India's Thermal Power Plants Lag on Emissions and Efficiency, Says Study

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Representational image.


New Delhi: 

A year after the World Health Organisation declared Delhi had the worst air quality in the world, a new study by the Centre for Science and Environment (CSE) has today sounded alarm bells over air pollution, particularly from coal based power plants. While the two-year comprehensive environmental audit places NTPC's Badarpur Power Plant in Delhi as amongst the most polluting, other power plants aren't much better off.

The study, conducted on 47 thermal power plants owned by the Centre, state governments and private players, has found that Indian thermal power plants were among the most inefficient in the world, on an average operating at 60 to 70 per cent of their installed capacity.

The coal-based power plants were also found to have carbon dioxide emissions that were 14 per cent higher than similar plants in China. Also, 76 per cent of the plants were unable to meet the targets for ulitisation of fly ash, that have been imposed by the Union Ministry of Environment and Forests (MoEF).

Most Indian coal-based power plants were also water guzzlers, consuming 22 billion cubic meters of water. This is more than half of the India's domestic water needs. Here too they were found to be more inefficient than their Chinese counterparts, consuming 60 per cent more water.

"We keep talking about building new power plants. If we were to improve efficiency, then we could add a substantial amount of energy. This, hopefully, will help us understand the problem better and ensure better implementation of environmental norms and improve effeciency," said CSE's director general, Sunita Narain.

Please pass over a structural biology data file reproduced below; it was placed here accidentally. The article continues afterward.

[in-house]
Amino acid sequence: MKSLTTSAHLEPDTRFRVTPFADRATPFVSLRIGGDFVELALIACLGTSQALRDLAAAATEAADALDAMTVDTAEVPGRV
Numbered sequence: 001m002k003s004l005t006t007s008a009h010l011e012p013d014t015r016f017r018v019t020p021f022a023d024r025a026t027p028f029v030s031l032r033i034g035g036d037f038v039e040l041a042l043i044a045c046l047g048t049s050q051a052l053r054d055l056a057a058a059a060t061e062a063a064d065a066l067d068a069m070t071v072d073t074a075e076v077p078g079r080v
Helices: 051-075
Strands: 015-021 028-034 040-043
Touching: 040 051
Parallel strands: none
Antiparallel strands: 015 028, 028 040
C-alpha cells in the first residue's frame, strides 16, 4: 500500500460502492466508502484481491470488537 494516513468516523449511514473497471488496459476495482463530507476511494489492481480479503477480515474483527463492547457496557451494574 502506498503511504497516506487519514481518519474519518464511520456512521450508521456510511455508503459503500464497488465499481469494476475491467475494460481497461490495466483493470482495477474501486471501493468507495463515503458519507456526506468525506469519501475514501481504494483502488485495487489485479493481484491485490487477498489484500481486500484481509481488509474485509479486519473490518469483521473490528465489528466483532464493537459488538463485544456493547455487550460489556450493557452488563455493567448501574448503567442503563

Speaking at the launch of the report in New Delhi, Environment Secretary Ashok Lavasa said, "Findings which have come require a lot of attention by the Ministry of Power and the Environment Ministry. If we have a viable and transparent bidding framework, you can put in a regime so that the power producer will be forced to be more economical in the resources they use."  

State-owned power company NTPC did not share its data with the study, which had to rely on other sources. However, most states and private power producers were willing to share data. The comprehensive report studied the 47 power plants and rated them on 60 different parameters.

While the Budge Budge Power Plant owned by the CESE in West Bengal's 24 Parganas was rated the highest, JSW Energy Ltd's  power plant at Toranagallu near Karnataka's Bellary also got a high rating, with the power plant using reverse osmosis technology to completely reuse its waste water in power generation. The worst performer was the Patratu Power Plant, owned by the Jharkhand State Electricity Board.
 

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